The cost of using the various algorithms that are used for data analysis and so on is significantly high and includes the entire evolutionary cycle of their functioning, from their application to the various systems, their maintenance, control and validation of results and to the training of users who are forced, obliged, informed and responsible. About reducing the tax rate for organizations that use AI technologies, especially in the public sectors, which may be misleading because proper development of various AI-based tools and systems requires many resources including fees and visas related to ethical and ethical aspects when it comes in artificial intelligence field.

A very positive task is to focus on the functional development of this technology as it requires efficient utilization of economic and professional resources capable of aligning with moral and ethical development and emphasizing the alignment with the data it processes and the conclusions it draws from the insights. In other words, if this is not the case, then what will be obtained from the data analysis can only help finance development costs, without providing solutions to people, since that was the initial goal in the first place. The worst option is to distort or create biases, which can create crucial errors in algorithm results and prevent decision makers from taking responsibility.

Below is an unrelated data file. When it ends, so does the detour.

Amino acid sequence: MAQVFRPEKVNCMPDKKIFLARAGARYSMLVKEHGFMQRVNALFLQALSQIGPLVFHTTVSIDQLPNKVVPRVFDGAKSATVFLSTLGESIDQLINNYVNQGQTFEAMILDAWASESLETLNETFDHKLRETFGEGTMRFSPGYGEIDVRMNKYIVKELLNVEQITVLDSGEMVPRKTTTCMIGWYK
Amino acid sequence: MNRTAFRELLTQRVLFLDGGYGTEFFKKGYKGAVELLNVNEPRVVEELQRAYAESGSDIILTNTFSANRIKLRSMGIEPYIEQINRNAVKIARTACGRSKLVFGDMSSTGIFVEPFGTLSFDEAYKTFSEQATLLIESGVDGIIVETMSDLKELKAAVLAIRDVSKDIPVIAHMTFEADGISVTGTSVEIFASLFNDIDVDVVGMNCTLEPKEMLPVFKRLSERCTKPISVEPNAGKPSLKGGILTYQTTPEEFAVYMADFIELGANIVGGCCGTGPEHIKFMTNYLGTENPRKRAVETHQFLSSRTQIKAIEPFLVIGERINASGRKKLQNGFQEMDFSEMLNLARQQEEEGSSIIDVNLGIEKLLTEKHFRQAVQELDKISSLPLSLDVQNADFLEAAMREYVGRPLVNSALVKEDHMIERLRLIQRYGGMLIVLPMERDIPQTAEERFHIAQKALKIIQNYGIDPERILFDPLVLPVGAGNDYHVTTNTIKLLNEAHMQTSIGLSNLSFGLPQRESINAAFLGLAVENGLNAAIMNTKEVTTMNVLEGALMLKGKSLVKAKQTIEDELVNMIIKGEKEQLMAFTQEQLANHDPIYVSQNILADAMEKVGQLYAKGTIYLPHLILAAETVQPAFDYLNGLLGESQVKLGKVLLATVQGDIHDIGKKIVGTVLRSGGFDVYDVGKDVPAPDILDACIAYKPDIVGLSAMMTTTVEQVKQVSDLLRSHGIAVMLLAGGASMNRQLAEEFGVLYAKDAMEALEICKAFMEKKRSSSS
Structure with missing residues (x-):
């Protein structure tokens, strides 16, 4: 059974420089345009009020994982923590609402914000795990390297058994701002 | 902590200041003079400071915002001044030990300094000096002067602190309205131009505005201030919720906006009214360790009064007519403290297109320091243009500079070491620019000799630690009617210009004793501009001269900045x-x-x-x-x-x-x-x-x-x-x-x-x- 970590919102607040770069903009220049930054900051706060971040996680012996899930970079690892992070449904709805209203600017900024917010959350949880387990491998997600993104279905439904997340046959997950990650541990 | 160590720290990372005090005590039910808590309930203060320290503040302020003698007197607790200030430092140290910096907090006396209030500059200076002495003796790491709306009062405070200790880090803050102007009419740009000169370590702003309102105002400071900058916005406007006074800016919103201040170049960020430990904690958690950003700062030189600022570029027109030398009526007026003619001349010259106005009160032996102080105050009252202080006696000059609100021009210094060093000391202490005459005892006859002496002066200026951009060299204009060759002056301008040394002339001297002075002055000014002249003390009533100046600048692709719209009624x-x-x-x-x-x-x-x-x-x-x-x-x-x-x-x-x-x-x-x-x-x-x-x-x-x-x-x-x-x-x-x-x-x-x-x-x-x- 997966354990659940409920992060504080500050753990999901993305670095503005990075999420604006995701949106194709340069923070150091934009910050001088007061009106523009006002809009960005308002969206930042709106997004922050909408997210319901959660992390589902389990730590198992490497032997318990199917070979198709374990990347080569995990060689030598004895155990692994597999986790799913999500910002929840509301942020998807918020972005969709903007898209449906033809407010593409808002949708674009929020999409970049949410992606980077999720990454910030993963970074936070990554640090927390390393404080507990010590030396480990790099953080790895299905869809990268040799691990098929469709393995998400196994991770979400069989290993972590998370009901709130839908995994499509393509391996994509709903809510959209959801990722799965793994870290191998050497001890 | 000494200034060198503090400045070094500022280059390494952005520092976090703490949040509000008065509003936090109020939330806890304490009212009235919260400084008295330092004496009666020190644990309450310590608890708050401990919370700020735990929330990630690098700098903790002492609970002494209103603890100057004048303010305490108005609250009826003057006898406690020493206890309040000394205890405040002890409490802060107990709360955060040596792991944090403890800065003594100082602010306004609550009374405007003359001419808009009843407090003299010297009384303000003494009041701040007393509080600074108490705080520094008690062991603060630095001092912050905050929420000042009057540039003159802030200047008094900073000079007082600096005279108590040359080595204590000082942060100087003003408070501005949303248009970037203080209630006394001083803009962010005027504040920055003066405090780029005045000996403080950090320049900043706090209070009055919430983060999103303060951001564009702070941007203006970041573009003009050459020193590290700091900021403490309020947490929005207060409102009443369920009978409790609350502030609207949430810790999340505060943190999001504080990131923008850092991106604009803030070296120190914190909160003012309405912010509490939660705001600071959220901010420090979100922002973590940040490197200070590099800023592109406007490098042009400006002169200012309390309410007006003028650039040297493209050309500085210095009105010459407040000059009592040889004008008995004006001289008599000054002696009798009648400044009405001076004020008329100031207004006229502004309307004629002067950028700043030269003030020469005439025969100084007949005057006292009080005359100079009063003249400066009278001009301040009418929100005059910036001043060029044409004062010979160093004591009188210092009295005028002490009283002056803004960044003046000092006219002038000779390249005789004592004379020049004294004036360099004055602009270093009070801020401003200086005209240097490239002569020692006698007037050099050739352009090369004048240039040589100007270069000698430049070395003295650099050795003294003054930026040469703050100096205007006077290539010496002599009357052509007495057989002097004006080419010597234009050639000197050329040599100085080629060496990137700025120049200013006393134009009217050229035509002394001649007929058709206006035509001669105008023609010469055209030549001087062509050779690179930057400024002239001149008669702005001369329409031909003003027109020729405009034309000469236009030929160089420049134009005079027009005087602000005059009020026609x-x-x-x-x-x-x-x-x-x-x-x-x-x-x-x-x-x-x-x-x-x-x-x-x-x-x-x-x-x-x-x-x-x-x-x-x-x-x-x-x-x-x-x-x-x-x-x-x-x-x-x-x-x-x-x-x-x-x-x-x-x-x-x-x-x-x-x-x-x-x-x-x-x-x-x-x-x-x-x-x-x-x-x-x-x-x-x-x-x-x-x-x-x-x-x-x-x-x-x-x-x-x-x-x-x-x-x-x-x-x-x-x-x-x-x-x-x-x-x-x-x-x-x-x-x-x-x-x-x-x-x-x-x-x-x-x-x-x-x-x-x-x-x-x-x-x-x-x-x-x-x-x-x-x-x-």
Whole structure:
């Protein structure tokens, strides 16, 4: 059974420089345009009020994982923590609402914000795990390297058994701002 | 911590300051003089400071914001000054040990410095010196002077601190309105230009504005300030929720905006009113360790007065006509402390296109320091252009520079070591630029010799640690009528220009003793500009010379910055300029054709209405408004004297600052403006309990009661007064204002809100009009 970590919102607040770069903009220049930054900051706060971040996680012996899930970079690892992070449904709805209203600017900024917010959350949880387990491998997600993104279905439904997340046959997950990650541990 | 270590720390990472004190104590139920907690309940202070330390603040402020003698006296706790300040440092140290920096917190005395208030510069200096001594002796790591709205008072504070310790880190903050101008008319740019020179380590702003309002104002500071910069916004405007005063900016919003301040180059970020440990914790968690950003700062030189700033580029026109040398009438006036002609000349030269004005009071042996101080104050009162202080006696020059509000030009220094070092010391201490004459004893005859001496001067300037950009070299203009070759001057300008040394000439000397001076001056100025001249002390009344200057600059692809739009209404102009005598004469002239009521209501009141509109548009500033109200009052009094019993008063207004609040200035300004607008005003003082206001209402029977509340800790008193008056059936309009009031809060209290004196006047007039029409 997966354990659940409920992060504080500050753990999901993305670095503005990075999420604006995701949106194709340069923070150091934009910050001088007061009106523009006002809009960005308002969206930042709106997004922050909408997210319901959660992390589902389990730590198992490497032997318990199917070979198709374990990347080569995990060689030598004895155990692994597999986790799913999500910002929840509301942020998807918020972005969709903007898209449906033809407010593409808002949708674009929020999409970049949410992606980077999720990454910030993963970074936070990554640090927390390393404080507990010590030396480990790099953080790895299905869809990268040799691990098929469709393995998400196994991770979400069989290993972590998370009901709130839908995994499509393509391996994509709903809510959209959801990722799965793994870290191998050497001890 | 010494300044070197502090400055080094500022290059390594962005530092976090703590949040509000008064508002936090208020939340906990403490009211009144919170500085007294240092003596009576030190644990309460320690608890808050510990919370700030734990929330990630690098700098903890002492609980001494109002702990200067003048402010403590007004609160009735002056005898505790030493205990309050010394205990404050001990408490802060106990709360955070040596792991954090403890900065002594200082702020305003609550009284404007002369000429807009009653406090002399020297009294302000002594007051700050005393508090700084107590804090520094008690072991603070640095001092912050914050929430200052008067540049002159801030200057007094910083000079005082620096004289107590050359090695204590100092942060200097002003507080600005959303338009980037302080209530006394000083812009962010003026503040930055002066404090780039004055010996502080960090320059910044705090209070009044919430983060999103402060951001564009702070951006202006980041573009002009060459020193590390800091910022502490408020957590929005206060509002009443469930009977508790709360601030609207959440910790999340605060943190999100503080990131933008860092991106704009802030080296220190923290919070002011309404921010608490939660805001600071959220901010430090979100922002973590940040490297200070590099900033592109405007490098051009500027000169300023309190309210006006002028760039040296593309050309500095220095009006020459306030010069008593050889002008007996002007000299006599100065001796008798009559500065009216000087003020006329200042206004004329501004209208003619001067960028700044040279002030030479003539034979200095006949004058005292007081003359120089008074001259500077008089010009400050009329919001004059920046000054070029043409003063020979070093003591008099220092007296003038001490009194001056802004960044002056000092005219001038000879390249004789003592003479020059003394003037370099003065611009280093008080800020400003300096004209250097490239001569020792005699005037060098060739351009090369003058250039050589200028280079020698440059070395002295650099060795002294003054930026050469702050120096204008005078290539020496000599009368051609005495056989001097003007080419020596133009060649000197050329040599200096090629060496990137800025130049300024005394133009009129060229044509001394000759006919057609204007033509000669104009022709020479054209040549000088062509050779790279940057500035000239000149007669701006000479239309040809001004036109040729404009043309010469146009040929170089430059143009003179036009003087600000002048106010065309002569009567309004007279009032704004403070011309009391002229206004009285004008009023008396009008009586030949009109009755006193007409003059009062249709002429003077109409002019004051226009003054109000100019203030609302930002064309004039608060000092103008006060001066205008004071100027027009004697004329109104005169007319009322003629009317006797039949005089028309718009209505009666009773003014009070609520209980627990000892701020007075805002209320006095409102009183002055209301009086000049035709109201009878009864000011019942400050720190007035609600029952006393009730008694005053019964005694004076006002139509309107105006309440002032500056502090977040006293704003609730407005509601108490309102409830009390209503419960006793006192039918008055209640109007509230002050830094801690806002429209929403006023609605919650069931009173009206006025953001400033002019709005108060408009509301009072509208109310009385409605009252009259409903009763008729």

It is of the utmost importance to make informed use of the benefits of this technology and therefore serious investment is needed from the public sectors that will be committed to significantly improving the quality and efficiency of services in order to provide secure systems capable of reducing inequality. In order to understand in depth, I will analyze the aspects that represent the key elements of the existing public and scientific discussion>>